Sunday, October 9

A Taste of Honey

Regular visitors will be only too aware that we like to try growing something different - sometimes just to see if we can! In March last year (2010) we planted a quince tree, The variety was Meeches Prolific which we chose as it was advertised to be a reliable cropper. We had never eaten quince or even seen an edible fruiting quince growing so we didn’t really know what to expect. The only thing I really knew about quinces was that they were one of the foods eaten by The Owl and the Pussycat.

The tree arrived in January so was planted in a large pot and kept in our cold greenhouse until conditions improved. In mid-March it was planted out and by the end of April it had produced very attractive felt leaves and a few flowers.
By the end of the season it had produced three fruits. Not knowing how or when to pick the fruits or how to tell if they were ripe the short story was that we didn’t actually get a taste.

The tree over-wintered successfully and this April produced more flowers. The flowers are really lovely. So much so that when we had to choose a photograph to print on canvas we chose a photo of a quince flower.
In May it became obvious that quite a few fruits had set. The lovely leaves had been torn ragged by the wind and the tree and we had hardly any rain for three months so we were not counting our chickens.
By June the tree carried several small fruits. These were pear shaped and had a pale green felty covering similar to that of a peach.
Through July the fruits continued to swell - they were beginning to be heavy enough to make the branches weep - despite now only being given an occasional can full of water which could have hardly made up for the lack of any decent rain for five months.
In August some fruits began to loose their felty covering although some fruits still had felty patches. The fruits were then turning a apple shade of green. 
By September the fruits were the size of medium sized pears and turning yellow. This year we had read everything we could find about when to pick the fruits. Advice was to leave the fruits on the tree for as long as possible at least until October and to pick before the first frosts. Now that’s not as easy as it sounds - we had to try and judge when enough was enough. When was the risk of frost too great to leave the fruits on the tree.
By early October some of the fruits were completely smooth and yellow which is a sign that they are ripe so we decided to pick a couple to try.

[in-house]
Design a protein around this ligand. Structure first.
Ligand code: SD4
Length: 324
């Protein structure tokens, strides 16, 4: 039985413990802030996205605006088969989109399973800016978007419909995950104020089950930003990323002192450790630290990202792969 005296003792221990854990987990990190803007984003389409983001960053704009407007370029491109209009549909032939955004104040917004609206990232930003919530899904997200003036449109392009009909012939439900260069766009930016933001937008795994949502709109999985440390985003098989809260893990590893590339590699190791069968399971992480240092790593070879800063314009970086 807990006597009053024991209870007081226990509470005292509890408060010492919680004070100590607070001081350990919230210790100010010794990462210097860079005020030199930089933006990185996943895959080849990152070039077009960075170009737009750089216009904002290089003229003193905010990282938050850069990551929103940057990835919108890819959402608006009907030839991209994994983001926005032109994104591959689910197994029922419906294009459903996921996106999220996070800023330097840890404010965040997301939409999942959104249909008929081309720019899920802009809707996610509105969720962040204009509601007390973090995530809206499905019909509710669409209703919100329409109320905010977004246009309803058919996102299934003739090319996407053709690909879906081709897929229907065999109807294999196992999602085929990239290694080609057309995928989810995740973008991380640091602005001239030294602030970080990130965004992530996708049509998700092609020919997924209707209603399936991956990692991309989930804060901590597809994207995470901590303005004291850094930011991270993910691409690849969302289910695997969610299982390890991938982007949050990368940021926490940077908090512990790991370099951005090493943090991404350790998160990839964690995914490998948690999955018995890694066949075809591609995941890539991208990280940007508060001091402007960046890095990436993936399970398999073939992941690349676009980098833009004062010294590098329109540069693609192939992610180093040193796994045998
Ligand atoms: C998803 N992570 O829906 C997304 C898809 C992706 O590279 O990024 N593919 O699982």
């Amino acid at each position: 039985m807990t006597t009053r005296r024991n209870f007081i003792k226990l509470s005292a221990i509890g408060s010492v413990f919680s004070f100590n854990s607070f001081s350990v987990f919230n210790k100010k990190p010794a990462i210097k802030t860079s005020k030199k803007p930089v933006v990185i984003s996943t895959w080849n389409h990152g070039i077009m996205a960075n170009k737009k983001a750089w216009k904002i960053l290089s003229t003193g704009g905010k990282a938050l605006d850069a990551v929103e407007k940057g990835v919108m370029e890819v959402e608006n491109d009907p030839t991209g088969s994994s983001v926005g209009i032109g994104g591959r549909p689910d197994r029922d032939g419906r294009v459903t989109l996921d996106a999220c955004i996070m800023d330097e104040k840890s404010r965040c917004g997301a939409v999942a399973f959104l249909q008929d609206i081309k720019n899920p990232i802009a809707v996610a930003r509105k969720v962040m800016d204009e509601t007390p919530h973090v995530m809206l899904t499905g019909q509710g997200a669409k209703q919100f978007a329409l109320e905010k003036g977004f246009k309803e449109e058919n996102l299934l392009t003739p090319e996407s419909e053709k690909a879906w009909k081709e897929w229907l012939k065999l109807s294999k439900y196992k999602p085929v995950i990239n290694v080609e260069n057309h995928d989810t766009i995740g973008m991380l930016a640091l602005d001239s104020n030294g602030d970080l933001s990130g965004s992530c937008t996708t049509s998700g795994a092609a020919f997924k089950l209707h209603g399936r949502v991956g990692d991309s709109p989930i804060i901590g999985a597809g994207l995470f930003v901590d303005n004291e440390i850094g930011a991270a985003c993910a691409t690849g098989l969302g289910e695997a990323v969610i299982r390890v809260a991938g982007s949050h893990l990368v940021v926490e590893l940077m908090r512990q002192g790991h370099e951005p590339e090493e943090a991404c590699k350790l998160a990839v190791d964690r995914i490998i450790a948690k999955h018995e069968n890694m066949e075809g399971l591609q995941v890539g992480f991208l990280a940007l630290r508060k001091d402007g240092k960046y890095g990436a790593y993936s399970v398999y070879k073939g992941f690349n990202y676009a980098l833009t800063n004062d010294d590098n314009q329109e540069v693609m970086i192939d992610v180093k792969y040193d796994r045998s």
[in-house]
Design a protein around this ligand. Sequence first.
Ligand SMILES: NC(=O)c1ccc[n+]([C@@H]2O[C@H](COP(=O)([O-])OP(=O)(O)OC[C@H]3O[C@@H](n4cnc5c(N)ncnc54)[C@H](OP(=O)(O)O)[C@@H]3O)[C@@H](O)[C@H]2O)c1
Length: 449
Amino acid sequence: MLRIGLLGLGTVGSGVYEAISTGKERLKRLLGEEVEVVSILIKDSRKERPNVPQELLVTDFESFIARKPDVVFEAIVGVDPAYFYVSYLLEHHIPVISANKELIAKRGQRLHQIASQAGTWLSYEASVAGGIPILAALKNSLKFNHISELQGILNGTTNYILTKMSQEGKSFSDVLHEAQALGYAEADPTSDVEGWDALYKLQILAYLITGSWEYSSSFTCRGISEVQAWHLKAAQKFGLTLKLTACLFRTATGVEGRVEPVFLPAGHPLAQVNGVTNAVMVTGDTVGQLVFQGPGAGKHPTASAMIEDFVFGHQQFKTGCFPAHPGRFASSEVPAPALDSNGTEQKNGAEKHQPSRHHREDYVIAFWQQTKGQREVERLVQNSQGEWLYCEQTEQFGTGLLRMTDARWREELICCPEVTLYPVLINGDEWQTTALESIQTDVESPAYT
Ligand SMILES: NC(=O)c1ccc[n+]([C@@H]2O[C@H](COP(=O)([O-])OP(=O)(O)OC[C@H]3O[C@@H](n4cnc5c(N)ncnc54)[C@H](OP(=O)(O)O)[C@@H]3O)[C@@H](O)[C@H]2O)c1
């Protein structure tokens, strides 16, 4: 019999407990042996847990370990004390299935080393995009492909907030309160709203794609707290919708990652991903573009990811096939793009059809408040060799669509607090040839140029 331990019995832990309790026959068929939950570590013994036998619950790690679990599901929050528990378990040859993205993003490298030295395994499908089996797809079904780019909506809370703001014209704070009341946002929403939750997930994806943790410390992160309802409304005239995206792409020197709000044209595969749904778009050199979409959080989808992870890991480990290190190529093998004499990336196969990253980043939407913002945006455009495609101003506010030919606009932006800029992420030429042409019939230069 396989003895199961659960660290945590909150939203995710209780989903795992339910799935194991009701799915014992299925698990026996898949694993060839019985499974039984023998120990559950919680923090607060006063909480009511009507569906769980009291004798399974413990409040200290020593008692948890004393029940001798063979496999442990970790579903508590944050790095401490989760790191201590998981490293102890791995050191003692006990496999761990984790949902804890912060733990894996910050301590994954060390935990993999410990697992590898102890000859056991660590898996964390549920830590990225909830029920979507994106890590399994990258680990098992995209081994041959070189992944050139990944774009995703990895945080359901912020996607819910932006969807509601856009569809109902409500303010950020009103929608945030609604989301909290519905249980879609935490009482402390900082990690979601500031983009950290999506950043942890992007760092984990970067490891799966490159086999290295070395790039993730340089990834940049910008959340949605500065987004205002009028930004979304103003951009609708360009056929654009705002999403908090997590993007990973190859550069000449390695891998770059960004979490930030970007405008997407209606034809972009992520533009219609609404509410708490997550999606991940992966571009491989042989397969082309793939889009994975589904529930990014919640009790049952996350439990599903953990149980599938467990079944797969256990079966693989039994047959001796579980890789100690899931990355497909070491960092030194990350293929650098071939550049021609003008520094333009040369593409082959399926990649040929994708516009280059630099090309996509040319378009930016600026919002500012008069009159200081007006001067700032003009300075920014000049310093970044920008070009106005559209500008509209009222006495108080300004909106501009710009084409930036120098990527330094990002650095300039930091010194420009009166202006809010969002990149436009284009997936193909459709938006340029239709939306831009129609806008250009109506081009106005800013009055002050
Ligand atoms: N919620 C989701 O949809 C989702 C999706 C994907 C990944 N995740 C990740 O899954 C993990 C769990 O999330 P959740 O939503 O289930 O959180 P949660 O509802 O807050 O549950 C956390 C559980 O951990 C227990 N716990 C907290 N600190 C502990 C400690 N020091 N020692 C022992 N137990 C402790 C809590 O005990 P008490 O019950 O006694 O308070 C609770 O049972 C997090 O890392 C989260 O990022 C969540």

Quinces are really hard fruits and can’t be eaten raw. So what do you do with quince other than making quince jelly which not really being jam eaters we wanted to avoid? A trawl of the Internet later we decided on an apple and quince crumble. We decided not to flavour with any spices so we could experience the true flavour of the quince. 

Everything I have read states that ripe quinces are fragrant and can taint any food stored alongside them so I was expecting some sort of perfume smell. As the quinces cooked they smelled of honey (not something reminiscent of a Dior concoction) and the cooked fruit tasted of honey too - well that’s as near a description as I can give. We loved it so the race was on to pick the rest of the fruits before the frosts ruined them. In all the tree produced fourteen fruits but I'm left with a huge problem. Does anyone know how to free my head from that stupid poem?

I've posted an article about quince on my website here if you are interested.


10 comments:

  1. Interesting that you should put this post up today - in the Saturday Guardian there was an article on quince too - see here: http://www.guardian.co.uk/lifeandstyle/2011/oct/07/quince-recipes-hugh-fearnley-whittingstall?INTCMP=SRCH

    Difficult to buy fruit in shops in UK so good to grow your own.

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  2. A great coverage of the lifecycle of the Quince, Sue. Perhaps you will try making some Membrillo now??

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  3. Great post, I didn't know anything about quince until I saw GW the other night. They look great.

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  4. Hello 50decs. It's amazing - I wrote the post a few days ago since which time it was mentioned on Gardeners' World as Damo said and also was featured in a garden magazine that arrived on Friday. I guess it's because now is the time to pick them.

    I could do Mark but to be honest it isn't the sort of thing we eat. We don't eat jams and jellies either which quince is really good for as it is high in pectin.

    They are great, Damo it was a really happy discovery. I saw GW the other night and was surprised that Monty thought the fruit had a fragrance when straight off the tree - ours only gave off the honey smell when it was cooking.

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  5. Sounds like a great fruit. Really good to see the different stages of growth. Lovely flowers too. Kelli

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  6. OK, yet another fruit to put on the list for our currently entirely mythical orchard!! The crumble sounds wonderful.

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  7. I understand it makes a sprawling tree Janet so bear that in mind - worth it for those fruits though!

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  8. So glad the quince went down well with you...now I wonder if I should try...I do like honey!!

    I am going to look for other recipes so I know if it will be worth buying one!!

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  9. I'd try and find someone who has quince for you to try, Tanya but we're a bit too far away for you to pop over for a nibble of crumble. Generally you can use quinces as you would apples or pears. Crumbles, pies, tarts, jellies, poached and you can also use it in meat dishes.

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